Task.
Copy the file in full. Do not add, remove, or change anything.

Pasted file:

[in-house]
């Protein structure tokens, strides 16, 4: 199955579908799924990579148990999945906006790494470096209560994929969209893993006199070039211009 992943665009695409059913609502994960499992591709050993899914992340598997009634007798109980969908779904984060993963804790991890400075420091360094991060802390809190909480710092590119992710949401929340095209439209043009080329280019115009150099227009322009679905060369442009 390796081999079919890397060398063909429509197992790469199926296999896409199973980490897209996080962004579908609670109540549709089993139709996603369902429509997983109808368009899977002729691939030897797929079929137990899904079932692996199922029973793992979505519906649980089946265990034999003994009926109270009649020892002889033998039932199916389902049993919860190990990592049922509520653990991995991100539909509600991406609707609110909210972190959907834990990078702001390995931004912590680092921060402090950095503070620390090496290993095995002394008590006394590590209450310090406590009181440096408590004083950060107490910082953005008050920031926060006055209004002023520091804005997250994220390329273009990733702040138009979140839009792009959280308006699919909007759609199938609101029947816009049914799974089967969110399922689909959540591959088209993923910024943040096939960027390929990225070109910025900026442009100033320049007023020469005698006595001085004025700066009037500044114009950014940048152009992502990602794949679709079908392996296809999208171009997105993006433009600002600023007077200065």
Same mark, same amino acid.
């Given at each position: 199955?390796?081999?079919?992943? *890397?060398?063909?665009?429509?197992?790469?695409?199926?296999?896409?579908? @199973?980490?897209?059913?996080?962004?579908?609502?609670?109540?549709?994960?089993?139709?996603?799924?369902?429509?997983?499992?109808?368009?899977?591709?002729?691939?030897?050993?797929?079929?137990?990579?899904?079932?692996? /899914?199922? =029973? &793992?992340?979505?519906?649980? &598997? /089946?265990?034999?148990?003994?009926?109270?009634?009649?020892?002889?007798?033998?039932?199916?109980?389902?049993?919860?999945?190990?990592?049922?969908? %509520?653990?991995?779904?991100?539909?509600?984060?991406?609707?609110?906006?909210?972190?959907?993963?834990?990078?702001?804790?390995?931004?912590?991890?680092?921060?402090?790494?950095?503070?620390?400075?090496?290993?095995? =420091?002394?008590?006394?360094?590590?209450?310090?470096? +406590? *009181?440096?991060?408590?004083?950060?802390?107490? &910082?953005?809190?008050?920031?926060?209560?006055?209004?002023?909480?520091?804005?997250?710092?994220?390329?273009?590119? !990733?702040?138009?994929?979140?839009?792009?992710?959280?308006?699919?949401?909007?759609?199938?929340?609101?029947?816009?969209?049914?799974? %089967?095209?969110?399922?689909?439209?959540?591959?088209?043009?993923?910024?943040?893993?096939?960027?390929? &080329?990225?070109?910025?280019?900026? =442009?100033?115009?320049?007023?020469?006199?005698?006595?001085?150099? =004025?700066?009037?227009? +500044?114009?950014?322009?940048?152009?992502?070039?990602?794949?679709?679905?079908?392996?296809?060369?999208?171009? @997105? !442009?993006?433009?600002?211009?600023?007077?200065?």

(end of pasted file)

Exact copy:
[in-house]
């Protein structure tokens, strides 16, 4: 199955579908799924990579148990999945906006790494470096209560994929969209893993006199070039211009 992943665009695409059913609502994960499992591709050993899914992340598997009634007798109980969908779904984060993963804790991890400075420091360094991060802390809190909480710092590119992710949401929340095209439209043009080329280019115009150099227009322009679905060369442009 390796081999079919890397060398063909429509197992790469199926296999896409199973980490897209996080962004579908609670109540549709089993139709996603369902429509997983109808368009899977002729691939030897797929079929137990899904079932692996199922029973793992979505519906649980089946265990034999003994009926109270009649020892002889033998039932199916389902049993919860190990990592049922509520653990991995991100539909509600991406609707609110909210972190959907834990990078702001390995931004912590680092921060402090950095503070620390090496290993095995002394008590006394590590209450310090406590009181440096408590004083950060107490910082953005008050920031926060006055209004002023520091804005997250994220390329273009990733702040138009979140839009792009959280308006699919909007759609199938609101029947816009049914799974089967969110399922689909959540591959088209993923910024943040096939960027390929990225070109910025900026442009100033320049007023020469005698006595001085004025700066009037500044114009950014940048152009992502990602794949679709079908392996296809999208171009997105993006433009600002600023007077200065």
Same mark, same amino acid.
């Given at each position: 199955?390796?081999?079919?992943? *890397?060398?063909?665009?429509?197992?790469?695409?199926?296999?896409?579908? @199973?980490?897209?059913?996080?962004?579908?609502?609670?109540?549709?994960?089993?139709?996603?799924?369902?429509?997983?499992?109808?368009?899977?591709?002729?691939?030897?050993?797929?079929?137990?990579?899904?079932?692996? /899914?199922? =029973? &793992?992340?979505?519906?649980? &598997? /089946?265990?034999?148990?003994?009926?109270?009634?009649?020892?002889?007798?033998?039932?199916?109980?389902?049993?919860?999945?190990?990592?049922?969908? %509520?653990?991995?779904?991100?539909?509600?984060?991406?609707?609110?906006?909210?972190?959907?993963?834990?990078?702001?804790?390995?931004?912590?991890?680092?921060?402090?790494?950095?503070?620390?400075?090496?290993?095995? =420091?002394?008590?006394?360094?590590?209450?310090?470096? +406590? *009181?440096?991060?408590?004083?950060?802390?107490? &910082?953005?809190?008050?920031?926060?209560?006055?209004?002023?909480?520091?804005?997250?710092?994220?390329?273009?590119? !990733?702040?138009?994929?979140?839009?792009?992710?959280?308006?699919?949401?909007?759609?199938?929340?609101?029947?816009?969209?049914?799974? %089967?095209?969110?399922?689909?439209?959540?591959?088209?043009?993923?910024?943040?893993?096939?960027?390929? &080329?990225?070109?910025?280019?900026? =442009?100033?115009?320049?007023?020469?006199?005698?006595?001085?150099? =004025?700066?009037?227009? +500044?114009?950014?322009?940048?152009?992502?070039?990602?794949?679709?679905?079908?392996?296809?060369?999208?171009? @997105? !442009?993006?433009?600002?211009?600023?007077?200065?």